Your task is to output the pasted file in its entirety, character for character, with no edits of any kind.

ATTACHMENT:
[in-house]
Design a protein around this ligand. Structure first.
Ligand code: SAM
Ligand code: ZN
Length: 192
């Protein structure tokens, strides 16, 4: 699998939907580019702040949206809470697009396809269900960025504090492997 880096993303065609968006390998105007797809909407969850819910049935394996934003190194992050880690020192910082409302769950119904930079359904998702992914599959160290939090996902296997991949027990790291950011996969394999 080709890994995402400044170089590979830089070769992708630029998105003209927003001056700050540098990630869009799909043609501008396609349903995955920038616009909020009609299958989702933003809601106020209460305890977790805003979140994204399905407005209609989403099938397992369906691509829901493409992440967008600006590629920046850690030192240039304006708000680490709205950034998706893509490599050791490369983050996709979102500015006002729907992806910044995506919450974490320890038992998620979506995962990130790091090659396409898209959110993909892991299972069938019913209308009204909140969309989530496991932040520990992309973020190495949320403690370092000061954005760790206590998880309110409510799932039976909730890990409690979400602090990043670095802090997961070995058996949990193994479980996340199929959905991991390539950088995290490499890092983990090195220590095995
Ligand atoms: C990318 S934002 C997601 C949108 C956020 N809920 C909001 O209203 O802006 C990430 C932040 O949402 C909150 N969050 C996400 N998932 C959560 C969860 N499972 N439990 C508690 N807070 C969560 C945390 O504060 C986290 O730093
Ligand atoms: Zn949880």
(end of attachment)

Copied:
[in-house]
Design a protein around this ligand. Structure first.
Ligand code: SAM
Ligand code: ZN
Length: 192
């Protein structure tokens, strides 16, 4: 699998939907580019702040949206809470697009396809269900960025504090492997 880096993303065609968006390998105007797809909407969850819910049935394996934003190194992050880690020192910082409302769950119904930079359904998702992914599959160290939090996902296997991949027990790291950011996969394999 080709890994995402400044170089590979830089070769992708630029998105003209927003001056700050540098990630869009799909043609501008396609349903995955920038616009909020009609299958989702933003809601106020209460305890977790805003979140994204399905407005209609989403099938397992369906691509829901493409992440967008600006590629920046850690030192240039304006708000680490709205950034998706893509490599050791490369983050996709979102500015006002729907992806910044995506919450974490320890038992998620979506995962990130790091090659396409898209959110993909892991299972069938019913209308009204909140969309989530496991932040520990992309973020190495949320403690370092000061954005760790206590998880309110409510799932039976909730890990409690979400602090990043670095802090997961070995058996949990193994479980996340199929959905991991390539950088995290490499890092983990090195220590095995
Ligand atoms: C990318 S934002 C997601 C949108 C956020 N809920 C909001 O209203 O802006 C990430 C932040 O949402 C909150 N969050 C996400 N998932 C959560 C969860 N499972 N439990 C508690 N807070 C969560 C945390 O504060 C986290 O730093
Ligand atoms: Zn949880």